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Meet Anglia Motor Sport Club's Laura Cooledge, 23 - a rally co-driver who is changing gear on gender representation in motorsport



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‘It’s a man’s sport’ and ‘with an arse like that all you should be doing is being a grid girl’.

These shocking negative and sexualised comments were reported to rally co-driver and Women in Motorsport Ambassador Laura Cooledge, 23, when she decided to investigate why women are so under-represented in motorsport as part of her undergraduate dissertation.

A statistic that only five per cent of Motorsport UK licence holders are female had resonated with her, and Laura, Anglia Motor Sport Club (AMSC) development officer, also had first-hand experience of inappropriate comments.

Laura Cooledge is a Women in Motorsport Ambassador, affiliated with Anglia Motor Sport Club
Laura Cooledge is a Women in Motorsport Ambassador, affiliated with Anglia Motor Sport Club

She said the worst ones that stuck in her head included when she was aged around 15 or 16 and she received sexualised comments online after an event, and also that people would give her tips, but not her brother, even though she was beating him.

From an early age, Laura attended motorsport events where she watched her parents John and Louise rally together, so she said it was ‘natural’ that she got involved.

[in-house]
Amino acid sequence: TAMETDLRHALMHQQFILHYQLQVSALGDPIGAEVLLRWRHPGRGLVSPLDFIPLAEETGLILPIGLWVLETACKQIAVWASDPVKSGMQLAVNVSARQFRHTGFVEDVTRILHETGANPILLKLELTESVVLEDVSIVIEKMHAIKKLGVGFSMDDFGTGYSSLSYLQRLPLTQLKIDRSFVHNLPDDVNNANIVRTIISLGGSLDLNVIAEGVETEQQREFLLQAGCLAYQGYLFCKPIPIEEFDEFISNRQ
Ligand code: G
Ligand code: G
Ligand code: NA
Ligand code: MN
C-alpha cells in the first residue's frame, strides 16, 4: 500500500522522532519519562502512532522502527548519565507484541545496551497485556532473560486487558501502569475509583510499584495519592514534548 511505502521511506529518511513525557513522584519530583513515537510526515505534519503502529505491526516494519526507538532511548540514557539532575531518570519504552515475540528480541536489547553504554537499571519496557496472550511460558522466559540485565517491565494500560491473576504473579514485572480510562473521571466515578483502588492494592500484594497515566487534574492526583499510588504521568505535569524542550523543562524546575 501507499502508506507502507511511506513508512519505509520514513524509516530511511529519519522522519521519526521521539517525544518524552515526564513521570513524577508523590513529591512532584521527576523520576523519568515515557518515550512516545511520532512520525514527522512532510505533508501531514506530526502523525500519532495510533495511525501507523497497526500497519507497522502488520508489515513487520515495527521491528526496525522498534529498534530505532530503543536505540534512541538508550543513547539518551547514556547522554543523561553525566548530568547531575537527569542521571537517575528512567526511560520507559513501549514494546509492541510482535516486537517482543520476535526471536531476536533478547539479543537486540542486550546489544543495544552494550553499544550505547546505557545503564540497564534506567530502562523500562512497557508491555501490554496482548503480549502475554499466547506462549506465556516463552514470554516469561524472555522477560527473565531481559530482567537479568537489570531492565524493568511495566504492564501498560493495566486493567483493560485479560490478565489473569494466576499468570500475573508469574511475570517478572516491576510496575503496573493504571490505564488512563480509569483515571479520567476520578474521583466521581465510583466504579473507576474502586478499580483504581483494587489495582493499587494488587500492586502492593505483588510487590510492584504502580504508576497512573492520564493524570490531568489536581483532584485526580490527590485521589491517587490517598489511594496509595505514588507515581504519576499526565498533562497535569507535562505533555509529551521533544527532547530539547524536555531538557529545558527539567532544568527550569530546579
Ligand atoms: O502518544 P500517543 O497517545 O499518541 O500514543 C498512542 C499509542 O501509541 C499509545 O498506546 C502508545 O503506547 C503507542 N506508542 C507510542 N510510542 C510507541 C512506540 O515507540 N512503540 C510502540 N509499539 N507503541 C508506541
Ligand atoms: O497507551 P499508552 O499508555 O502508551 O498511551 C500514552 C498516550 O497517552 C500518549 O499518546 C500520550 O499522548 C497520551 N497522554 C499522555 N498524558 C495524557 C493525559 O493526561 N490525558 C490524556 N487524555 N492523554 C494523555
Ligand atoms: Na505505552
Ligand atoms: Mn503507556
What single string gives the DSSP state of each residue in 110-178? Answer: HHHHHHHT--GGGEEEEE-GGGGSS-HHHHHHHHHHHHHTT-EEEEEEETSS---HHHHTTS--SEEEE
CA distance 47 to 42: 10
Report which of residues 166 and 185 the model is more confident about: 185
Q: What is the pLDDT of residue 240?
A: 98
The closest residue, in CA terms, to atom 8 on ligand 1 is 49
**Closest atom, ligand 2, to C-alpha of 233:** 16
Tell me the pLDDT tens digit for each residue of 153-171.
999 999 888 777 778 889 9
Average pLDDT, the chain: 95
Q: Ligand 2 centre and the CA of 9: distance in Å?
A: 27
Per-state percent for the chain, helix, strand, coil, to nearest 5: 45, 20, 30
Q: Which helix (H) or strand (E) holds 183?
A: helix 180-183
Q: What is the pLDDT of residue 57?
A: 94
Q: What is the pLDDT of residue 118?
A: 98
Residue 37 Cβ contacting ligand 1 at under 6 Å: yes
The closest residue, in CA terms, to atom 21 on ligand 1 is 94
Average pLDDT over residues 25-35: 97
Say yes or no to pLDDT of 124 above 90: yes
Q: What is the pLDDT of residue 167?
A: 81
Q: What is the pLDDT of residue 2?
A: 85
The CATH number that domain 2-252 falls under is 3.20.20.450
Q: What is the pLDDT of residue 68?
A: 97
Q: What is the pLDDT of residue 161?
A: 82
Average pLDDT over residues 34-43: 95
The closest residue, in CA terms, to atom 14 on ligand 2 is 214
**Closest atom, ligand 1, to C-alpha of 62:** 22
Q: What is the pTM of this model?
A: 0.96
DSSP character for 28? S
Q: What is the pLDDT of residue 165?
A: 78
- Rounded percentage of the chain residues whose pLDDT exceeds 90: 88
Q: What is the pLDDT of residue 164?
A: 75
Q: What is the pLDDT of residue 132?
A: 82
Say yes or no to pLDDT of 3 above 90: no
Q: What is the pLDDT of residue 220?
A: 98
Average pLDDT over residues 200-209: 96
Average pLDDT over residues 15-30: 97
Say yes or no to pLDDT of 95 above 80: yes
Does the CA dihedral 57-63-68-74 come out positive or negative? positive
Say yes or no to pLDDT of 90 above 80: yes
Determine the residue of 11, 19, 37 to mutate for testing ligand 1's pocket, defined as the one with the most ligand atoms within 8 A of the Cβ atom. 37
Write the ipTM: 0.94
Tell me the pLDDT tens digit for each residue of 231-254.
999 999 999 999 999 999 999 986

When she was 14 she began competing in Production Car Trials, or Car Trials, which is grassroots level and where competitors use normal road cars, ‘in a little Citroën Saxo’ and then at 16 she became a rally co-driver.

She joked that she kicked her mum out of the seat and started competing with her dad, at first at single venue stage rallies and then multi-stage, going all round the country, and also taking part in forest rallies.

Laura, from Ipswich, said when she first started taking part in events at 14 not only was she the youngest participant, but generally the only female competing – however, having her family and friends around made her feel more comfortable.

Laura Cooledge is a rally co-driver. She is pictured here with her dad John
Laura Cooledge is a rally co-driver. She is pictured here with her dad John

“It was always a little bit intimidating,” she said. “I was lucky because I had those role models.

“Things weren’t as bad for me because I had my mum and dad and they were with me at events and that was great, but certainly I remember facing negative comments at some events – something probably that a man wouldn’t have thought was a bad thing, they might have thought it was banter or a joke, but they wouldn’t say that to anyone else.

“It was like, you would get treated differently or people wouldn’t see you as being serious. They would sometimes be a bit condescending or they wouldn’t treat you like a serious competitor when I was equally good.

“It was just a case I was young and female and that was a double whammy – people don’t see you in the same light when we want to be there and seen as any other competitor.”

Laura launched the Better Together initiative, leading on from her dissertation about the under-representation of women in motorsport
Laura launched the Better Together initiative, leading on from her dissertation about the under-representation of women in motorsport

Because of her experiences and driven by a desire to get more women involved in the sport, she made under-representation the focus her University of East Anglia dissertation in 2019.